Yeah, everyone should have one. No problem. (
by Dan Burns
Jan 7, 2020, 10:00 AM

MN-08: Rep. Stauber’s strange justification for opposing better gun laws

As a voter in MN-08, I must acknowledge that Rep. Pete Stauber (R-MN), who is in his first term, could be a lot worse. At least he doesn’t indulge in the public displays of raving idiocy one sees with the likes of Reps. Tom Emmer (MN-06) and Jim Hagedorn (MN-01). He’s even been known to vote with Democrats, though not in any way that might involve sticking his political neck out. That said, I will certainly be voting for his opponent (hopefully a real progressive, but we’ll see) in November.

It was a confusing and frightening scene that found Stauber and another Duluth police officer, then-Sgt. Jim Wright, facing the barrel of Majchrzak’s 9-millimeter handgun inside an apartment house located at 1820 London Road, next to what is still a Taco John’s.

The ensuing melee was quick and the officers reacted on training and instinct.

To hear Stauber tell it, he was fortunate to escape with his life.

“It was one of the most violent incidents I was a part of in 23 years as a police officer, including my years on the tactical response team,” Stauber, a Republican from Hermantown, told the News Tribune in the fall. “The whole incident unfolded so fast.”

Stauber has referenced the confrontation repeatedly throughout the past year. He uses it to explain his defense of the Second Amendment of the U.S. Constitution and its right to bear arms. Despite being a victim of gun violence himself, Stauber will say, he continues to support the law-abiding citizenry’s right to carry firearms.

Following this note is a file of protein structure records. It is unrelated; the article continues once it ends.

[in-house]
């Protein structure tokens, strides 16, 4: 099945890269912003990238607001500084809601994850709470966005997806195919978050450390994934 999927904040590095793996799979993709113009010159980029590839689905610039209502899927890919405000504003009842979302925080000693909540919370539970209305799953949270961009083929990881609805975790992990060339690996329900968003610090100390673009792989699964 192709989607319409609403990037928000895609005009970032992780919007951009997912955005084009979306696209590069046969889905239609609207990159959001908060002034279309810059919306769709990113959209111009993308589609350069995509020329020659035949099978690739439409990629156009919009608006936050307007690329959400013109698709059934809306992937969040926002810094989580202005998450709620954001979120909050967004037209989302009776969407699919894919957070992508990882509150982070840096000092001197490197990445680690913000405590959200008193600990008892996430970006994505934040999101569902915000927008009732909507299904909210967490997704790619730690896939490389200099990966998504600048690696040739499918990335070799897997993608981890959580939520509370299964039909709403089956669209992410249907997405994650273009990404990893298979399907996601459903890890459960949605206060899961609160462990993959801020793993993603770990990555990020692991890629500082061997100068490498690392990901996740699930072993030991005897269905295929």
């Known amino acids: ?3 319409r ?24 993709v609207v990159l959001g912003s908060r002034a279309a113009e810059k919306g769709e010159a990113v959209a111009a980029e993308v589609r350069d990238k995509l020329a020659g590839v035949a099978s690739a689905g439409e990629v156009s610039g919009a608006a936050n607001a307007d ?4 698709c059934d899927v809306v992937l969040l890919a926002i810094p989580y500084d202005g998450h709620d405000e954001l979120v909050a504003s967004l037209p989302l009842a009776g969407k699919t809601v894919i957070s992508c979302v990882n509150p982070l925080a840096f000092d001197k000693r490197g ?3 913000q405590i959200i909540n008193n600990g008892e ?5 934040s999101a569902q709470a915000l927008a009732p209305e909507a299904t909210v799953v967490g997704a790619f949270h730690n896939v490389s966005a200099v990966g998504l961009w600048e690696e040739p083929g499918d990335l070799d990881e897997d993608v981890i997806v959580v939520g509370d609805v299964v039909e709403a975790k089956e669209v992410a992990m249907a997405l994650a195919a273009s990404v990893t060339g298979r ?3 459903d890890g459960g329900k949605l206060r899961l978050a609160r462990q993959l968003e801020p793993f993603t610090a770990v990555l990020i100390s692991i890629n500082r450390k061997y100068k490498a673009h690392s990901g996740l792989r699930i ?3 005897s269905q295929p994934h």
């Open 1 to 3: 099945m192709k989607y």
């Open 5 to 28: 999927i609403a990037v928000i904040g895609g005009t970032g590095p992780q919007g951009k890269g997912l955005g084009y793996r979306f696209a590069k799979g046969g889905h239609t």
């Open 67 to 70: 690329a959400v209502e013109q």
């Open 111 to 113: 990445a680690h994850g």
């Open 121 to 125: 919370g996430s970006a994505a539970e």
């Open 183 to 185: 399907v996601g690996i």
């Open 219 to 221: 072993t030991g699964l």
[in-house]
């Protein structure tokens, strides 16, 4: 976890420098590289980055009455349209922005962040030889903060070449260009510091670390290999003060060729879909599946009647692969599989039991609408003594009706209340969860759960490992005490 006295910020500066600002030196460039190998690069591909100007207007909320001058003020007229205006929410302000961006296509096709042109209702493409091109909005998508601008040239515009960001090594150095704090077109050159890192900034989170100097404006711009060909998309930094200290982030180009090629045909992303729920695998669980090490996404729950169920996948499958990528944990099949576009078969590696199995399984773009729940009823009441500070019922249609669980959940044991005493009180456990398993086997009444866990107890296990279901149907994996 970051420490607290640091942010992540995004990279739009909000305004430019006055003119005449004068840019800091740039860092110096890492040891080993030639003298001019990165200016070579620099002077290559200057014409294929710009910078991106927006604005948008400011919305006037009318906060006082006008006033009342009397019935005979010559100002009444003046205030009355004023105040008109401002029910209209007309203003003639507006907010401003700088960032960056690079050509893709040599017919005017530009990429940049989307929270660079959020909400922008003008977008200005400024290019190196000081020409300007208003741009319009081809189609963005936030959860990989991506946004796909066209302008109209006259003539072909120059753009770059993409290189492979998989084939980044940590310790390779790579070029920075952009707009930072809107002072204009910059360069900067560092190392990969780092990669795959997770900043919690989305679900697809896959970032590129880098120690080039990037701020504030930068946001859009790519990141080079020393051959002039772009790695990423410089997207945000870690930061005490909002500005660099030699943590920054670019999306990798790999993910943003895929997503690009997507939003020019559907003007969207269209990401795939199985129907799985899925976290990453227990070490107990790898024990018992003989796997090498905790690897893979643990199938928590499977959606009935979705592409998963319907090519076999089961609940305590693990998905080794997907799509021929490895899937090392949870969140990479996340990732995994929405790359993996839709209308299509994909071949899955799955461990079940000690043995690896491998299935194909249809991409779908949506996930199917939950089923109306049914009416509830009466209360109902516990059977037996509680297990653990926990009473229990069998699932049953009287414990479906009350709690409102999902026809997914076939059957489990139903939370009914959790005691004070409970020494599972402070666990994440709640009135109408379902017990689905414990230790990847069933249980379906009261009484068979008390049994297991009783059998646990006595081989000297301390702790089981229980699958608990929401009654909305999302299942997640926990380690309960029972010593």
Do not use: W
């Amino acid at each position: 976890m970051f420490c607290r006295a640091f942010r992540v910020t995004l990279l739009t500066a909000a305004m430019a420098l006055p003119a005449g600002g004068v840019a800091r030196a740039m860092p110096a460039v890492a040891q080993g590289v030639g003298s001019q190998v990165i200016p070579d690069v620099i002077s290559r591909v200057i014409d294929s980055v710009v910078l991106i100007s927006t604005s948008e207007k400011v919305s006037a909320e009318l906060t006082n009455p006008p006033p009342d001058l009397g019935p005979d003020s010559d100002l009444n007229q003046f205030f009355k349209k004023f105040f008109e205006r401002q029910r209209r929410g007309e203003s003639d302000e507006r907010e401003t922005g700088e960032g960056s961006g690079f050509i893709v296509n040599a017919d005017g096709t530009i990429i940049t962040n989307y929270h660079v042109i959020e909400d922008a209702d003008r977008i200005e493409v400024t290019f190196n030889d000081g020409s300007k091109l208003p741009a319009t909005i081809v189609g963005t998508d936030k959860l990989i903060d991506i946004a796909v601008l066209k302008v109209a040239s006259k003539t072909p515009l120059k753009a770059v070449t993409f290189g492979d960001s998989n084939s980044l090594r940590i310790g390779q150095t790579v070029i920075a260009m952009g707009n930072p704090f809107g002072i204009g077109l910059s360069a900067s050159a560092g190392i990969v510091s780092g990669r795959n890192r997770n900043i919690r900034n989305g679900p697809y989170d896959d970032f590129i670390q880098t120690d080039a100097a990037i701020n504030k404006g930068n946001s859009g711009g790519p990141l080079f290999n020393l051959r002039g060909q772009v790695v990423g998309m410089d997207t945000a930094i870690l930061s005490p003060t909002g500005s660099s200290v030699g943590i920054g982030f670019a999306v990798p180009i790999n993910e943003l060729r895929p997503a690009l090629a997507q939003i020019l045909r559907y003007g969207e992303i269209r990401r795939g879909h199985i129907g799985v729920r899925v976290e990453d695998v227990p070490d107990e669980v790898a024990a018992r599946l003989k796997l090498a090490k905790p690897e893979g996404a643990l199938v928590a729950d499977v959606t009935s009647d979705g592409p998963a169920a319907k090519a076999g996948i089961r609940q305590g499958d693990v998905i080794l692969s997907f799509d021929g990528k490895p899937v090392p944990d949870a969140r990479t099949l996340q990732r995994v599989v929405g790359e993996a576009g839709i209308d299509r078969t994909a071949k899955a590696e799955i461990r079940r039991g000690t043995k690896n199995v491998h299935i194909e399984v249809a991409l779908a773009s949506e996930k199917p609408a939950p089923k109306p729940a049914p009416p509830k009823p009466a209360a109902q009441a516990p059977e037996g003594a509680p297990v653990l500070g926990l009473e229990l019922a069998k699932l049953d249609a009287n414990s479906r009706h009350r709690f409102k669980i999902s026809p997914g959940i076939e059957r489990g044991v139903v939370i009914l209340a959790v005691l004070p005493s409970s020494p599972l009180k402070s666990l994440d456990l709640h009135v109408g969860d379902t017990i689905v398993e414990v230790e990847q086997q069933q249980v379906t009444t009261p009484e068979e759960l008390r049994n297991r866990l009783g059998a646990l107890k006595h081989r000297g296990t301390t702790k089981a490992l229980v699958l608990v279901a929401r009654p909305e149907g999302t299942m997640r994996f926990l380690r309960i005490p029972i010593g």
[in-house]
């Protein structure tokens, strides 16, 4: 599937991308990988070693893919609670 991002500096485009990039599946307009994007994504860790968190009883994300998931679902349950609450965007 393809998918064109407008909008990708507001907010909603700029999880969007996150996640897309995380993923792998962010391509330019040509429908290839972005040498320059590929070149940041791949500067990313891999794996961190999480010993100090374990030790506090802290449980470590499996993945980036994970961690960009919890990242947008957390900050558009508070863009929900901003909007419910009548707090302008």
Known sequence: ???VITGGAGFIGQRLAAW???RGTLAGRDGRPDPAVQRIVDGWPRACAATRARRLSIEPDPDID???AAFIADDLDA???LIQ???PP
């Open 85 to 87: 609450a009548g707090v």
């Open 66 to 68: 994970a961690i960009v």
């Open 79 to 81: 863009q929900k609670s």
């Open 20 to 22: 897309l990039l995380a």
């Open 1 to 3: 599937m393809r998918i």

(Duluth News Tribune)

The following is not about knocking Stauber’s career in law enforcement, which everyone knows is a tough and dangerous job. But how do you get from almost being killed by gun violence, to being against stronger gun laws?

Motivated reasoning, that’s how. As part of his job of protecting the public, Stauber behaved admirably, even heroically. Even as someone who is horrified and humiliated by the reality of the district where I was born and raised being represented by a Republican, for only the second time in many decades (and hopefully just as briefly), I have no problem typing that. But using it as justification for helping to enable the ongoing gun carnage in this country? That makes zero sense, and it wouldn’t be amiss if some people in media with a lot more reach than this blog would point that out. Fat chance.

A few extra points:

– Though it’s some years old, this article from Slate remains the best online takedown of gun creep idiocy that I know of.

– Even before it devolved to the internecine clash of egomaniacs that it is now, the NRA’s influence on elections has tended to be overrated. To say the least.

– Speaking of the NRA, it really did start out, long ago, as an apolitical organization devoted to gun safety education. Here’s how it started to become the right-wing terror group that it essentially is.

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